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Packing Apples In Leaves

Packing Apples In Leaves image
Parent Issue
Public Domain
OCR Text

A few years ago, Mr. J. W. Boynton, of East Hartford, whilo gathering up leaves uu der an apple tree, iu the spring, observed beneath them a few freh, nnfrozen apples. It suggested nt once that dry luaves would answer woll as piusking material for fruit, nnd the next full and evary season sinco he has used Ui om for this purpose. We eaw a few days flgo some specimens thus preserved, soemingly as fresh aod as piquaat in flavor as when firet gathered; yet he assured us they were varieties that would have decaved months age if unprotected. Jlis plan is tp piek tbe applos carefully at the proper time, not to pack them umil the forest leaves are perfectly dry and the weather quite pool. 'I'hen the apples and leaves are placed in altérnate layers, and the last layer of leaves crowded iu as oloso a9 possible by placing any convenient weight on the cover of the barrel. The loaves are of 8uch olasticity that tho whole rnav be corapressed so tightly as to prevent all shucking, &c, and yet not bruise the apples in the slightest degree. In this latitude, Mr. Boynton has never iound it necessary to keep these barreU of fruit in any place warmer than an open 8hed. lt ironía be aavi.sable of eourse, everywhere, to keep them in as cool a place as possiblij. In the spring they ars to bo removed to a cool, n'iry cellar, or to ai) apartment especially for fruit, ia connection witli tho iee-housee. -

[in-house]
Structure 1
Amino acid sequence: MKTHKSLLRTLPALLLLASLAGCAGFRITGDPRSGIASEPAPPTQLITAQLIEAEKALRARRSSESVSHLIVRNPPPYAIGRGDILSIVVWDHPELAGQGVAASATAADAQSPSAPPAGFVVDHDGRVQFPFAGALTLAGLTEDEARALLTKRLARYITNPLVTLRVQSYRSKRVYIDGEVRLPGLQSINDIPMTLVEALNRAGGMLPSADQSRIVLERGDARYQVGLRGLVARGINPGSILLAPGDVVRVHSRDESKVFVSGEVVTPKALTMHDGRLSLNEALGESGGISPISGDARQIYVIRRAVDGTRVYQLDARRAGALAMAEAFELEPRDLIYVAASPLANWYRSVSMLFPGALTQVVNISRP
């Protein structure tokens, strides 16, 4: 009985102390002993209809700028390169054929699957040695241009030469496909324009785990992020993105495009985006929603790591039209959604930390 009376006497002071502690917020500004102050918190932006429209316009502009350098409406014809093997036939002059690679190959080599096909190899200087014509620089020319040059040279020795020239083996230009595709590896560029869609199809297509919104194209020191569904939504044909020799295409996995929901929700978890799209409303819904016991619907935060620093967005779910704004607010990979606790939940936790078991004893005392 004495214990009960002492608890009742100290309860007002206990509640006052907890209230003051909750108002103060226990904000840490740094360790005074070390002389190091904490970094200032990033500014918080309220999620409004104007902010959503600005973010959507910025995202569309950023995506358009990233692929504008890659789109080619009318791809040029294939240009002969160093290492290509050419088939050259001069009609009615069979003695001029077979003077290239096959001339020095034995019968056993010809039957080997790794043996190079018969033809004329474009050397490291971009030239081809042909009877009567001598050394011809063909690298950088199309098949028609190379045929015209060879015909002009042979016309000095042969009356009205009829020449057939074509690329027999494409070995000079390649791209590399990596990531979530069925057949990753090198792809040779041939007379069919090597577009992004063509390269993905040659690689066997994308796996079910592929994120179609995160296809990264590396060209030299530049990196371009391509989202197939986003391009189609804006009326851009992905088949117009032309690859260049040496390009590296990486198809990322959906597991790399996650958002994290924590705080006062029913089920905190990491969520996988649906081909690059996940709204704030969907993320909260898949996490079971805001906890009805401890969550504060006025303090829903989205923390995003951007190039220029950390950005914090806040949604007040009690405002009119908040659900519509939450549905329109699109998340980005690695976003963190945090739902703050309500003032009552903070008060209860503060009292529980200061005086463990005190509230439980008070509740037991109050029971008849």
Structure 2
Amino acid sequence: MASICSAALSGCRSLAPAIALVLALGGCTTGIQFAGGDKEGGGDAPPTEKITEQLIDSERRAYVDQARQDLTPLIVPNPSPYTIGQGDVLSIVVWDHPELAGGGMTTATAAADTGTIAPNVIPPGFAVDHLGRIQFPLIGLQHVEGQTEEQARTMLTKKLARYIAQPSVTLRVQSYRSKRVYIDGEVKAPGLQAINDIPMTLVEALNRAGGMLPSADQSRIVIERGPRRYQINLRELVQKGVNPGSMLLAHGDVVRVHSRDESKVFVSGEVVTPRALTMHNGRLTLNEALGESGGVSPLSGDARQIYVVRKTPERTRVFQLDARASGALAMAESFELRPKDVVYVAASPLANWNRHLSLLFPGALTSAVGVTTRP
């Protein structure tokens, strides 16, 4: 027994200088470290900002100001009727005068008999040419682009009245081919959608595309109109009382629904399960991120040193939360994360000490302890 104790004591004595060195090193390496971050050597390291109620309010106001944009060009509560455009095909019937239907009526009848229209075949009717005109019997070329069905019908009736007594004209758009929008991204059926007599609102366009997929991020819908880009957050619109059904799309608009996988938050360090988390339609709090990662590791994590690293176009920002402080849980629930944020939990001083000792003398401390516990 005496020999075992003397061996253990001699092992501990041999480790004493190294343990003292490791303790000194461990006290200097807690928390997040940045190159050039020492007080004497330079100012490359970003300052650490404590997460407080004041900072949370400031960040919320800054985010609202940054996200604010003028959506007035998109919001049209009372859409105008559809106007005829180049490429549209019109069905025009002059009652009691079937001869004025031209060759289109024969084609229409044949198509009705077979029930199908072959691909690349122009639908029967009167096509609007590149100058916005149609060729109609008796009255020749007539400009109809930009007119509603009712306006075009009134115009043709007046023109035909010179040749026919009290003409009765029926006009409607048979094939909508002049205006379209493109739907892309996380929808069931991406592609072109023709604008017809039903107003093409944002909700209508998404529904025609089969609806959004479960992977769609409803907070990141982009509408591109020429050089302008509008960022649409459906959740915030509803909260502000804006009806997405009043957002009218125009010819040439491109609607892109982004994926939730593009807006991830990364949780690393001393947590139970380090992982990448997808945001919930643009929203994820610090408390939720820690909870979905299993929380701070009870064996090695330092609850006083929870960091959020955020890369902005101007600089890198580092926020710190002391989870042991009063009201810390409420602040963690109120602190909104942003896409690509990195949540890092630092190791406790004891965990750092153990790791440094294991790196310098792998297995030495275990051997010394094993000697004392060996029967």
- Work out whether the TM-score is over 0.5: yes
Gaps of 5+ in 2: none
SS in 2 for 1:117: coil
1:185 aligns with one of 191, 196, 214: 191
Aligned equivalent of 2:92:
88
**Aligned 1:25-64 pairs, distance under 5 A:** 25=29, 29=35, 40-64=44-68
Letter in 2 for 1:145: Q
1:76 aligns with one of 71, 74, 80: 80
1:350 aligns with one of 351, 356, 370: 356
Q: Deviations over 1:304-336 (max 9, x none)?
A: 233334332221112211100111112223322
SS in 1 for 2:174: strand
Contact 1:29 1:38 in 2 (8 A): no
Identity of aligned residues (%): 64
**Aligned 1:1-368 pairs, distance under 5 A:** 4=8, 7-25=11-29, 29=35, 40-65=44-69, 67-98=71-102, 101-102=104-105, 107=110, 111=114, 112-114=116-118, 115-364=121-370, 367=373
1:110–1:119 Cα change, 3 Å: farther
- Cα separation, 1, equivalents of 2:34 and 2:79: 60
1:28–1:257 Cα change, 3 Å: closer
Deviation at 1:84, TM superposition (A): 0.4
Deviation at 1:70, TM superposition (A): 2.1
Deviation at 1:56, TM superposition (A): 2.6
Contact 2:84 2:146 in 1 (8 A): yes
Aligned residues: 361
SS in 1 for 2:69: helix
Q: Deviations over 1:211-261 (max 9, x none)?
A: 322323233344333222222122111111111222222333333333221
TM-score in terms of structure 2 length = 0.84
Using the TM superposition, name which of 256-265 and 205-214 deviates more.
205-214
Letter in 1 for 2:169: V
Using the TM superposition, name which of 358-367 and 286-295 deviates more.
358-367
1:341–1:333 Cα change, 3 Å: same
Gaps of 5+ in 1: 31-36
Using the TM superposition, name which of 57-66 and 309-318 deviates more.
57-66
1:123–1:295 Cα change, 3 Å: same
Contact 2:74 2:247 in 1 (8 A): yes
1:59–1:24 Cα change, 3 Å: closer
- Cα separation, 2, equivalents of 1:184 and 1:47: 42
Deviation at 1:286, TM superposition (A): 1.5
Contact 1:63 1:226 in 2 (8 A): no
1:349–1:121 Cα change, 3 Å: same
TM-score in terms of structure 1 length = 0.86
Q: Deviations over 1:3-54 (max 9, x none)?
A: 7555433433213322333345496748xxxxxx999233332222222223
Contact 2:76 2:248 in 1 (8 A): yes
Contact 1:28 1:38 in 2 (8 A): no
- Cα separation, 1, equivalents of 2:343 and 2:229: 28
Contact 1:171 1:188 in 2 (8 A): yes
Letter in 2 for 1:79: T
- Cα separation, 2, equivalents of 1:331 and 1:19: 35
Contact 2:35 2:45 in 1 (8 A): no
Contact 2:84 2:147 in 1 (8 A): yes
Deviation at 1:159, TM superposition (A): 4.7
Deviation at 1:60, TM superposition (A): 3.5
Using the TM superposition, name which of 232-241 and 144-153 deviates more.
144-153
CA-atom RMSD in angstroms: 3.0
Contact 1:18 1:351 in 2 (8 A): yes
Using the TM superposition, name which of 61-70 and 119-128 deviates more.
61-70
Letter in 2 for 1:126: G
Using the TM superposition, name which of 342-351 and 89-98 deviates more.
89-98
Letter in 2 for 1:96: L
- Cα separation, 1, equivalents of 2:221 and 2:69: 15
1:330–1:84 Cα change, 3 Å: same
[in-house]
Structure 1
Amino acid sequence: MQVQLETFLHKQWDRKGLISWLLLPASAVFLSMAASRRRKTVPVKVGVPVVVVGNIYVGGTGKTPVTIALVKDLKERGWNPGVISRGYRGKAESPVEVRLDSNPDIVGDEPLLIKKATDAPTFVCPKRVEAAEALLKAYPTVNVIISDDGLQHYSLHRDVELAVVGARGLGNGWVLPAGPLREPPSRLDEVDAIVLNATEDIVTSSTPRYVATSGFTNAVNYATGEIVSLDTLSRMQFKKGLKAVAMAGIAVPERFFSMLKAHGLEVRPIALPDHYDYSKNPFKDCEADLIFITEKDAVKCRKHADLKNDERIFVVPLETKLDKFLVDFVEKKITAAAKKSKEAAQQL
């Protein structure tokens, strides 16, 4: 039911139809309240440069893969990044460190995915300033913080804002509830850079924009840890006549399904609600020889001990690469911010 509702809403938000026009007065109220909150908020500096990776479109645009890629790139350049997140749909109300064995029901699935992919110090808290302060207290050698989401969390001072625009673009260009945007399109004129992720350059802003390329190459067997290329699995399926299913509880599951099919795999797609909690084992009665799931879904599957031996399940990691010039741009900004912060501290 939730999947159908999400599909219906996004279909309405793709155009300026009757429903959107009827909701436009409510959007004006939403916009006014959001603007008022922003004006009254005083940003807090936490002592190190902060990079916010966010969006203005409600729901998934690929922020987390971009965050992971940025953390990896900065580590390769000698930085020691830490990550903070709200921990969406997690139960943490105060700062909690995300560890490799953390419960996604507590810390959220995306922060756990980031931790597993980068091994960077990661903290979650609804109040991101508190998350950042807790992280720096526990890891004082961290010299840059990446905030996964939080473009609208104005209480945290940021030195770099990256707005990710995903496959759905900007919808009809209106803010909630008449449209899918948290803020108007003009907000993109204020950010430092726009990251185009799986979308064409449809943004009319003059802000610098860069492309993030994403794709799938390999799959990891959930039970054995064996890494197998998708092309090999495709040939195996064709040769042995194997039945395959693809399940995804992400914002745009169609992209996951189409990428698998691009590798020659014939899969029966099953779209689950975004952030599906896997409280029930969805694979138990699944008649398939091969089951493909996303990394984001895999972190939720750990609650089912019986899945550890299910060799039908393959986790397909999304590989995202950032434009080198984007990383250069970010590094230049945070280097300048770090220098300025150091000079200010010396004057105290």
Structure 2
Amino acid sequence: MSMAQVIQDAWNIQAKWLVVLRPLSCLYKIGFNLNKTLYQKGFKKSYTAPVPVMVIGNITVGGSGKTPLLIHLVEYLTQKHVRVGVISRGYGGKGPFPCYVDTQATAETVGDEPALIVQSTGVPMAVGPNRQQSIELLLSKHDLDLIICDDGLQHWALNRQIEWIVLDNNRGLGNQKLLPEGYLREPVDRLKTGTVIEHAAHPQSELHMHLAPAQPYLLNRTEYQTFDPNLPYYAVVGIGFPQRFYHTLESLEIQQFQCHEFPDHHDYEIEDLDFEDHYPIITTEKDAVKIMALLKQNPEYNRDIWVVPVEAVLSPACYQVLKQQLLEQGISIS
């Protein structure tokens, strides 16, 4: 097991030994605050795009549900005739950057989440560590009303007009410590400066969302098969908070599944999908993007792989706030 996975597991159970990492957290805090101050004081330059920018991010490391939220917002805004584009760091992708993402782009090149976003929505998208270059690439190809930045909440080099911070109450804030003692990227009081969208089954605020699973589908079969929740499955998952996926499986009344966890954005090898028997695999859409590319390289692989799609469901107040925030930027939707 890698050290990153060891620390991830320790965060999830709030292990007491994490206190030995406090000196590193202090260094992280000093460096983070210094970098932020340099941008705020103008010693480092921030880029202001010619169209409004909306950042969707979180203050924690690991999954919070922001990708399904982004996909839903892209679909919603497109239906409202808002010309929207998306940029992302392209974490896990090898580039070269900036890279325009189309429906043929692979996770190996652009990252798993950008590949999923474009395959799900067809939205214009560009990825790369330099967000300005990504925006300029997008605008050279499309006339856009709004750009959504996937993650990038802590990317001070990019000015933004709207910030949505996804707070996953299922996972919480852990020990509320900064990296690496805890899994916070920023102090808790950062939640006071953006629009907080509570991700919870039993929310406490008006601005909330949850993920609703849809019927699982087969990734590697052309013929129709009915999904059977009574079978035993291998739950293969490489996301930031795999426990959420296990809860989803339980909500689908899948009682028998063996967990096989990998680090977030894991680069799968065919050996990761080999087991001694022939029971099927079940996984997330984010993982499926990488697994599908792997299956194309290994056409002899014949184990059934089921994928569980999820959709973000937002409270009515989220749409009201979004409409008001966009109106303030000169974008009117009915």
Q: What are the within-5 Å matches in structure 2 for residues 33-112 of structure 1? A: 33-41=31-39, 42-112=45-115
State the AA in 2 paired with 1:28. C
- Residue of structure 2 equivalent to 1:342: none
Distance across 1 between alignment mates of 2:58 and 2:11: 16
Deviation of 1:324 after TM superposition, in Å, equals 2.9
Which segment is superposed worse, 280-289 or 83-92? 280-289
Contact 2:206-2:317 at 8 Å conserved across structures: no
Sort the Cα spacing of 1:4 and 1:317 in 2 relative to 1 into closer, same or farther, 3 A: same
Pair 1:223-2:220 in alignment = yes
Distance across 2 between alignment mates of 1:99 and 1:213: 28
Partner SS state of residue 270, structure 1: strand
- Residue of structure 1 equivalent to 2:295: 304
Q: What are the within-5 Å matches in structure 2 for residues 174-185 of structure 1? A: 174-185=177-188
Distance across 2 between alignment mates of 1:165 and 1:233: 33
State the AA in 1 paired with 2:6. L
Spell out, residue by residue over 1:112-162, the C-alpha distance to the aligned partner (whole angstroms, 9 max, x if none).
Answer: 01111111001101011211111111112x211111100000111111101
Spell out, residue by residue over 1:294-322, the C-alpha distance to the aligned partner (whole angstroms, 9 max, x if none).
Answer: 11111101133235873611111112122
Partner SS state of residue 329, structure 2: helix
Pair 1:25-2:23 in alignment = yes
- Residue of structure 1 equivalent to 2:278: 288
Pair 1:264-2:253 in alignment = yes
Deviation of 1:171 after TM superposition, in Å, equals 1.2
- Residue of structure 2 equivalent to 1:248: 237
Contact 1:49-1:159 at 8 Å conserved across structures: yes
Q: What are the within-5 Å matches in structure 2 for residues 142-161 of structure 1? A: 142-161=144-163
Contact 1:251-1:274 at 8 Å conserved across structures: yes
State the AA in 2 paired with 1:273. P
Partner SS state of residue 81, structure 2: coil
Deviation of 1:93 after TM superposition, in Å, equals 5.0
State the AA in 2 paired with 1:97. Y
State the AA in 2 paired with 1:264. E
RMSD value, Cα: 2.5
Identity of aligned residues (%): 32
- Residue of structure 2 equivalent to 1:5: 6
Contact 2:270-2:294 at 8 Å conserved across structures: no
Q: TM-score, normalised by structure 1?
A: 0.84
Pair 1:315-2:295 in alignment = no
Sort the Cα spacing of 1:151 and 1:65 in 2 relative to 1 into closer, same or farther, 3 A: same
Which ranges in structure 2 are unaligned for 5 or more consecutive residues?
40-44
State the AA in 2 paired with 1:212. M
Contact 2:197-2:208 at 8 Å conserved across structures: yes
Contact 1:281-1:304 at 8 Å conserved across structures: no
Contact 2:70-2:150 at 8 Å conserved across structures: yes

Old News
Michigan Argus